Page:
The decision has it's critics such as Pam Smith, a nationwide coordinator for a non-profit, non-partisan organization dedicated to reliable and publicly verifiable elections. The machine does not allow the county to conduct legitimate audits or recounts, Smith claimed. The machine's verified paper audit trail component is not state certified. As a result, county officials cannot legally use paper audit trails to back up election results.
These machines have been used in Florida with less than great results.
But the machines proved problematic from the start in Broward and Miami-Dade counties. Inadequate training and a lack of familiarity with the equipment appeared to be at fault. Lori Nance Parrish, chairwoman of the Broward County Board of Commissioners, told the Washington Post that poll workers at 50 polling stations failed to pick up the devices needed to turn on the machines the night before the election. It became apparent at the beginning of the day that there would be problems. Reno waited more than 20 minutes to vote as she and reporters watched precinct workers struggle to activate the machines. Problems continued throughout the day, as poll workers discovered they did not know how to change the machine's batteries or download votes after the polls closed. Various reports said that poll workers, frustrated over the new machines, failed to show up on election day or left before the balloting was completed. At least 600 voters left the polls without casting ballots, according to the AP.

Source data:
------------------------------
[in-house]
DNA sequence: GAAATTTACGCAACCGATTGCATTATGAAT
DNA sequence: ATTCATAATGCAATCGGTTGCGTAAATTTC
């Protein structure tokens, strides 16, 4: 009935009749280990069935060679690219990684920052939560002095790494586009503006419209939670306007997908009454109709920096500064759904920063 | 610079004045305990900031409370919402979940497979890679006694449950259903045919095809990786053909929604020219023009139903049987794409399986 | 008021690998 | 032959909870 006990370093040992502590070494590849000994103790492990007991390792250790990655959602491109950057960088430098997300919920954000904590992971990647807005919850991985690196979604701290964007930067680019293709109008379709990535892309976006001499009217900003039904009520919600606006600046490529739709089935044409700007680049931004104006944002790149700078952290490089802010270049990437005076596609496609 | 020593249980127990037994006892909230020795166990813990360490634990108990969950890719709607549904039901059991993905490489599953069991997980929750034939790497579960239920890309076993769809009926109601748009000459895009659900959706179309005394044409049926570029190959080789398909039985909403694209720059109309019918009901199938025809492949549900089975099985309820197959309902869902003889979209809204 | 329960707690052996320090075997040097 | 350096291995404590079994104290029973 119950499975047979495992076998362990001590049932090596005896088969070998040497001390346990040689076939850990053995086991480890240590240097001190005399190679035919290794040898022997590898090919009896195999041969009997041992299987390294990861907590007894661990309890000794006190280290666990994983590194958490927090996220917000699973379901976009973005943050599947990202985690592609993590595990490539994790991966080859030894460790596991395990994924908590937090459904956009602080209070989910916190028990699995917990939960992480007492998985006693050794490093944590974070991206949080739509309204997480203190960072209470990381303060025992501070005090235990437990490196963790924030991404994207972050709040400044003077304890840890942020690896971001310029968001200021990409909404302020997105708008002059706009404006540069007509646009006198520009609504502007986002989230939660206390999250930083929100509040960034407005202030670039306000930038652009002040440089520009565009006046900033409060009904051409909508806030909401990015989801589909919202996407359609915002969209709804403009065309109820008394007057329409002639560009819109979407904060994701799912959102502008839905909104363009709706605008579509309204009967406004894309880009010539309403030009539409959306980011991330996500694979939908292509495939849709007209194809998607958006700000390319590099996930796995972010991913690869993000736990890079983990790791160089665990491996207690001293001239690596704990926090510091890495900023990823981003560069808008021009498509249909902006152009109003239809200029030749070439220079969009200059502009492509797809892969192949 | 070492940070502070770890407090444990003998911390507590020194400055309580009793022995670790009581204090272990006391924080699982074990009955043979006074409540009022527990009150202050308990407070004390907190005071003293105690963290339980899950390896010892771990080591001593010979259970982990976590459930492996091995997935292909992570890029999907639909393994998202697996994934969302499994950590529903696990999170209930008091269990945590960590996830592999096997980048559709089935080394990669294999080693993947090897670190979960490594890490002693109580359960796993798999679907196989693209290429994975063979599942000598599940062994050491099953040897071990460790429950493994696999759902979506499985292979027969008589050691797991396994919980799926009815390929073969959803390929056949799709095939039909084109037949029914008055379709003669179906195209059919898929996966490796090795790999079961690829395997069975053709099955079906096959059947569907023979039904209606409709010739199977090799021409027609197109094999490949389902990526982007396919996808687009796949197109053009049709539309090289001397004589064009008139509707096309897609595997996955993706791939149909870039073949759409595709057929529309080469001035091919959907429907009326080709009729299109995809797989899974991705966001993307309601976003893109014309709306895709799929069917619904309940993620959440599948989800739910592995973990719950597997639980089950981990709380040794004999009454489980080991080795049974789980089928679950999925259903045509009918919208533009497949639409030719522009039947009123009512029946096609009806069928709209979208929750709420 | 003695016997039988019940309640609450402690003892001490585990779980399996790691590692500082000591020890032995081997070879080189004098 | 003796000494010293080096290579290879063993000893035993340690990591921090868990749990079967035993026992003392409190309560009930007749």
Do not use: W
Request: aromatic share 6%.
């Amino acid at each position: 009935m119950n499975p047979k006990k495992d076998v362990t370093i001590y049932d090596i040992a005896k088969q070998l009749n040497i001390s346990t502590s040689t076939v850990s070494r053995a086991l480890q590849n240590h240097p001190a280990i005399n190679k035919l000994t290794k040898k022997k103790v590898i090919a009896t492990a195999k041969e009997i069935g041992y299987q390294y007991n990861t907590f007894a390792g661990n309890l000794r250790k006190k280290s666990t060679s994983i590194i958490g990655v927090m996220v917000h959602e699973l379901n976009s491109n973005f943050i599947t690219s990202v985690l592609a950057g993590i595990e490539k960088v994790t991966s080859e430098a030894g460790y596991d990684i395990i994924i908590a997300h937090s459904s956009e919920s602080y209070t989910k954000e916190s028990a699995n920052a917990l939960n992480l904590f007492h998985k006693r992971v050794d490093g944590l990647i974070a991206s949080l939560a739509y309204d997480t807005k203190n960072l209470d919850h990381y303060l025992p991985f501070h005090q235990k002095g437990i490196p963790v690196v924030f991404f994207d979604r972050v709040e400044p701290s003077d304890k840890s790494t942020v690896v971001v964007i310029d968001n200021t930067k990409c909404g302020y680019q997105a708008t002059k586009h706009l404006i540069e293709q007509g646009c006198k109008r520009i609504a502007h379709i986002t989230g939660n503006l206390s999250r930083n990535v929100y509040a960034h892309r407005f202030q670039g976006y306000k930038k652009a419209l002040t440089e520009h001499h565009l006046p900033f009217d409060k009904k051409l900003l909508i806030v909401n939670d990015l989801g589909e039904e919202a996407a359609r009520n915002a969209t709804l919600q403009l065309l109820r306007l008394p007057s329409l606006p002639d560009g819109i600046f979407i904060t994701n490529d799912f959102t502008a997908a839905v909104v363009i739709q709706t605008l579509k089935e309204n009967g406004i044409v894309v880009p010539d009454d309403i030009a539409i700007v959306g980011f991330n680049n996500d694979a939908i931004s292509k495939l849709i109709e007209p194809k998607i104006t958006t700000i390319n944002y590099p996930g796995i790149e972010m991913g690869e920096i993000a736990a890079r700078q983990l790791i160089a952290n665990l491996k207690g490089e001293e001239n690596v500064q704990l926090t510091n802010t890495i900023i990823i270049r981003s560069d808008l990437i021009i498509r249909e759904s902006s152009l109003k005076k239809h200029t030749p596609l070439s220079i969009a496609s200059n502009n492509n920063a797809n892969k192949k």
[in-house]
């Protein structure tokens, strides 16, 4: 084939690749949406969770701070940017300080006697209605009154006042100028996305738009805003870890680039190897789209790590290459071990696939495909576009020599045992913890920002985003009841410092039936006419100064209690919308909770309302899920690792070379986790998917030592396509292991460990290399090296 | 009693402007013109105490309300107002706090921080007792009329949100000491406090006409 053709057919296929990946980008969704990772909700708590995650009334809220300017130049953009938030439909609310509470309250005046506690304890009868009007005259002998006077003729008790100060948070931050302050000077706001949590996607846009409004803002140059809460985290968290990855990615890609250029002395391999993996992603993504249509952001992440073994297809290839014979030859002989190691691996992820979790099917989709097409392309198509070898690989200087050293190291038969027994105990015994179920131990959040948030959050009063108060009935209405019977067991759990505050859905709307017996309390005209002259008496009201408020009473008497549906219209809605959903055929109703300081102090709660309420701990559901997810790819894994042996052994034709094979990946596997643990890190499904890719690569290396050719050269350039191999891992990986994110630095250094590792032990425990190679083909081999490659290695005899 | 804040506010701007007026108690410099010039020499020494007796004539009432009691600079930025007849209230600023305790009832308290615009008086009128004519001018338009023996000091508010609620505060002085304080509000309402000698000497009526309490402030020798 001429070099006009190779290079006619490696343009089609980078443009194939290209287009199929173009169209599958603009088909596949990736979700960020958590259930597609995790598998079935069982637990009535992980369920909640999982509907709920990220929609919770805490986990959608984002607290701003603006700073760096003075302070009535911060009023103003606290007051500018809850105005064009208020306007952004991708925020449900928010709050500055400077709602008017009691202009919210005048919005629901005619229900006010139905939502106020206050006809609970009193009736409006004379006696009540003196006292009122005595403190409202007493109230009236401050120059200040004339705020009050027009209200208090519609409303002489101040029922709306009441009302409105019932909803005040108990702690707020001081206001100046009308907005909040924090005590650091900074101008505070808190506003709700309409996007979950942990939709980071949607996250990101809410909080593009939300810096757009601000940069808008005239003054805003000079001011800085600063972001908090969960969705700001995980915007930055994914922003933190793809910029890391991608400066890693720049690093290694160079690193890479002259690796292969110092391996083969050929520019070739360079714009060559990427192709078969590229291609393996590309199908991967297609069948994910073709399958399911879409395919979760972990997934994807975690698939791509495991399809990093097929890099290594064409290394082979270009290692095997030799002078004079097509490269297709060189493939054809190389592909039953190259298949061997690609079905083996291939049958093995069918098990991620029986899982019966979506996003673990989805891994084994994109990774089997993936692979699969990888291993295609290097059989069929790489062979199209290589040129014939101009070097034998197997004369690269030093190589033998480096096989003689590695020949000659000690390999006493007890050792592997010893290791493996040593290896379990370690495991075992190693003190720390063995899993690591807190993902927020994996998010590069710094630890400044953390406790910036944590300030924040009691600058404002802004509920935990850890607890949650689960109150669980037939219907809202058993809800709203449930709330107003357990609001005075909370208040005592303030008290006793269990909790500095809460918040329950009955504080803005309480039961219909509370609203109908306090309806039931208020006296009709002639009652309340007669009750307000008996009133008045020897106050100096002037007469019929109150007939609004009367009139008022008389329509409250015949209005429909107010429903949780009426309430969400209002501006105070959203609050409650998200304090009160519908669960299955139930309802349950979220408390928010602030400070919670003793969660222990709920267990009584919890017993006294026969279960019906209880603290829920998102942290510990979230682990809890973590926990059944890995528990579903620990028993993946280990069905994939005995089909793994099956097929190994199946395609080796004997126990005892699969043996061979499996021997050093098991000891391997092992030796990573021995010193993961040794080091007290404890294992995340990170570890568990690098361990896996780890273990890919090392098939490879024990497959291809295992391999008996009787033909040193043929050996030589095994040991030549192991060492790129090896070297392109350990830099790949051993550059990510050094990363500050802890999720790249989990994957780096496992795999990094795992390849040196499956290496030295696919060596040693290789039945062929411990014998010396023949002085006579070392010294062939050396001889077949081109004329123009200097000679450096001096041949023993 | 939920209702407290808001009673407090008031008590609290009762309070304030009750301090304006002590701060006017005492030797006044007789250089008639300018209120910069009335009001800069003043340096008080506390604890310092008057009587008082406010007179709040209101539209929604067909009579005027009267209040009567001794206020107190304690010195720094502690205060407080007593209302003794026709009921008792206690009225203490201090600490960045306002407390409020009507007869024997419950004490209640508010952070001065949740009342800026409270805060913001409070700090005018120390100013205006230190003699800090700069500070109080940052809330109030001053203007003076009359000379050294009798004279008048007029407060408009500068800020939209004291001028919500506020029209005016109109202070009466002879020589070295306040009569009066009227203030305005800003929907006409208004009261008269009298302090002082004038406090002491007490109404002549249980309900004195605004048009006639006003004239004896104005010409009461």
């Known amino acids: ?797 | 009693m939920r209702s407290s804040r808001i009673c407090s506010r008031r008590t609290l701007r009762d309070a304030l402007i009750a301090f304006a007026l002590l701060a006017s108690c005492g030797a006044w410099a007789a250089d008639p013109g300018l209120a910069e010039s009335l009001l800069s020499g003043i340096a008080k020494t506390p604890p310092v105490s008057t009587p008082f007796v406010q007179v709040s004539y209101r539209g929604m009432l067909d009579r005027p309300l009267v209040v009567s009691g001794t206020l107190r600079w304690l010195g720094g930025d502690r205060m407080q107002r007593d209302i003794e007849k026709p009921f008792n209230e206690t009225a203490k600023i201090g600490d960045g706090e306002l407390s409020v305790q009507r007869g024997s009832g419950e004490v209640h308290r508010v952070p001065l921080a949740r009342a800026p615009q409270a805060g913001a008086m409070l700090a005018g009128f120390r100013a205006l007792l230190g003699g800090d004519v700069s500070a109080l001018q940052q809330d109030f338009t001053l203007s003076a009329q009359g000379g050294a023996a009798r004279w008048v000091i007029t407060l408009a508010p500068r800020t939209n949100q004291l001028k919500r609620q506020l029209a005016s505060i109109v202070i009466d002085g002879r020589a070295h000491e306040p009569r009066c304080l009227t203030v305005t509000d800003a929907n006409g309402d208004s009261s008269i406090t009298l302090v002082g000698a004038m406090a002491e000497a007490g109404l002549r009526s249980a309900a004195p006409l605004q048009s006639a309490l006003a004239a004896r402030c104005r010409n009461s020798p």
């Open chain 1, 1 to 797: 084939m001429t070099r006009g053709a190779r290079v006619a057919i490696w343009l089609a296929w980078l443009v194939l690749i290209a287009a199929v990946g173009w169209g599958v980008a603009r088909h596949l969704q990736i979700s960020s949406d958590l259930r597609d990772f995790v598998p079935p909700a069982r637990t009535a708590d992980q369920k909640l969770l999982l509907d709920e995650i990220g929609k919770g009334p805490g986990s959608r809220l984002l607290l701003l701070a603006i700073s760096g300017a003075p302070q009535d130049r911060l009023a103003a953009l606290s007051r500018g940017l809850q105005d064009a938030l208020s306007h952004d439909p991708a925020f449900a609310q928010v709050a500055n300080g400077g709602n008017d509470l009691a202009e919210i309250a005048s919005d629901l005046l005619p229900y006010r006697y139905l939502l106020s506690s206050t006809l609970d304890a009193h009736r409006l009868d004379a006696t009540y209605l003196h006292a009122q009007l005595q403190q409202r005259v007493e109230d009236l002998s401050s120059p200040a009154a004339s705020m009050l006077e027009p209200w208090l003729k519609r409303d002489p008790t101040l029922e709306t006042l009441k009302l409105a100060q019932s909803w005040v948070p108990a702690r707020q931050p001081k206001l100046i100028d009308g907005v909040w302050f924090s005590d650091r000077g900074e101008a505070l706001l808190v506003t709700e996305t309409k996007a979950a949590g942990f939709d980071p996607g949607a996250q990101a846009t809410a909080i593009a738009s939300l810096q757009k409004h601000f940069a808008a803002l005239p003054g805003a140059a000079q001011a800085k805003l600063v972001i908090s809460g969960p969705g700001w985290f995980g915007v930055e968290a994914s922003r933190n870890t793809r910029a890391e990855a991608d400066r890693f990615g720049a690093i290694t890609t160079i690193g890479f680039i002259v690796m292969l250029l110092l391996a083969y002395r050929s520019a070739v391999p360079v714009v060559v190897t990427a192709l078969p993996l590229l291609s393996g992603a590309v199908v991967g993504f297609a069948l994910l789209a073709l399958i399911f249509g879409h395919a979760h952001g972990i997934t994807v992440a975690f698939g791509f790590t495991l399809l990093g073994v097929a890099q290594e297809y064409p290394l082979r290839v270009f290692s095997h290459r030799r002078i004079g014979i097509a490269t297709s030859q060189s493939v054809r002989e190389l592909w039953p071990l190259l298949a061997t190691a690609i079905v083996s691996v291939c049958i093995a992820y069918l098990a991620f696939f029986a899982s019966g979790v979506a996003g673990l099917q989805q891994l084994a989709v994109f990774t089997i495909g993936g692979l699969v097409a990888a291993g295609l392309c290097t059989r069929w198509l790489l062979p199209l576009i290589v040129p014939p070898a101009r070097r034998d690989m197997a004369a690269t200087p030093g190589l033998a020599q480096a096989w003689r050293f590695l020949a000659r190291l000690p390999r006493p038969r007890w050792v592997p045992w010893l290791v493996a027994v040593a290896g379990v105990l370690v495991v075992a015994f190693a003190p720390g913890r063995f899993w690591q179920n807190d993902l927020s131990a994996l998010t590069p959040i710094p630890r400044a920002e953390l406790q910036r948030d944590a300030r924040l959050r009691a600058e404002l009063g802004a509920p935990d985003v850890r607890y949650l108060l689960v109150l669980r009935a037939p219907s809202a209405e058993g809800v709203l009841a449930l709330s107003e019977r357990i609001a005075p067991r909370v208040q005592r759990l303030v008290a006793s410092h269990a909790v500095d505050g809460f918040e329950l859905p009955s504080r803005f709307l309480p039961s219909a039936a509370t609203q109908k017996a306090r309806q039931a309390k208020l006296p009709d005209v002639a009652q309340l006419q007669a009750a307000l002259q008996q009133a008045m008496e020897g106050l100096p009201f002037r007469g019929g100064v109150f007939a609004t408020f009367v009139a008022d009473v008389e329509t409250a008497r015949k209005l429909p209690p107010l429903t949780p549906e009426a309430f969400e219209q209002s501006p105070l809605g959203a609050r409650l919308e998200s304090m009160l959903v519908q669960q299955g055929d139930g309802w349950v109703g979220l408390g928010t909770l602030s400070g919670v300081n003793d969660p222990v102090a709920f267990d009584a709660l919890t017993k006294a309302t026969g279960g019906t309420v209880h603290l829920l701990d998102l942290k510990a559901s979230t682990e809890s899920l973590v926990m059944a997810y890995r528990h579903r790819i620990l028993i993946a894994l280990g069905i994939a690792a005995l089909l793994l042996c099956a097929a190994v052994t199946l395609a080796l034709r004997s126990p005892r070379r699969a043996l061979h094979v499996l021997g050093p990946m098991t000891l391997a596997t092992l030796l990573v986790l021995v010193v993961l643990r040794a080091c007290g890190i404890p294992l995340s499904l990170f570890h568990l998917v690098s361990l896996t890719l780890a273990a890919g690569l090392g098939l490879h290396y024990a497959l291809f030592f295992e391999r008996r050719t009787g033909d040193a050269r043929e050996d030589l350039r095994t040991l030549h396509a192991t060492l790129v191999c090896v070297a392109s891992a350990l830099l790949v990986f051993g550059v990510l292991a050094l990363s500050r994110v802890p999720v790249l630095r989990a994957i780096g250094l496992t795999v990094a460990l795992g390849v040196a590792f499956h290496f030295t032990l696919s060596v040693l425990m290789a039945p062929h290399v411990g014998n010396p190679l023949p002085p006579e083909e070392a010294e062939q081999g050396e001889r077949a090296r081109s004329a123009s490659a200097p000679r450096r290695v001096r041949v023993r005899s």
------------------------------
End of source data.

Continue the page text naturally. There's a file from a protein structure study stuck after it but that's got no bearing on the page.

Every critic of these machines say a major flaw is the lack of a paper trail. That's easy to fix without buying $3,000 machines, use paper ballots. It is more important to get it right than to do it now.
The Coalition for Voting Integrity is leading the charge on this issue:
Welcome to CoalitionforVotingIntegrity.org, a nonpartisan organization headquartered in historic Bucks County, serving all of Pennsylvania. We call on Americans of all parties to join together and support the adoption of a system of checks and balances that ensures the integrity of our elections, guaranteeing that every vote is recorded, counted, and reported accurately . . . with proof. The vote belongs to us. It is up to us to preserve, protect and defend it. Now.
And Factesque has been organizing a blogswarm.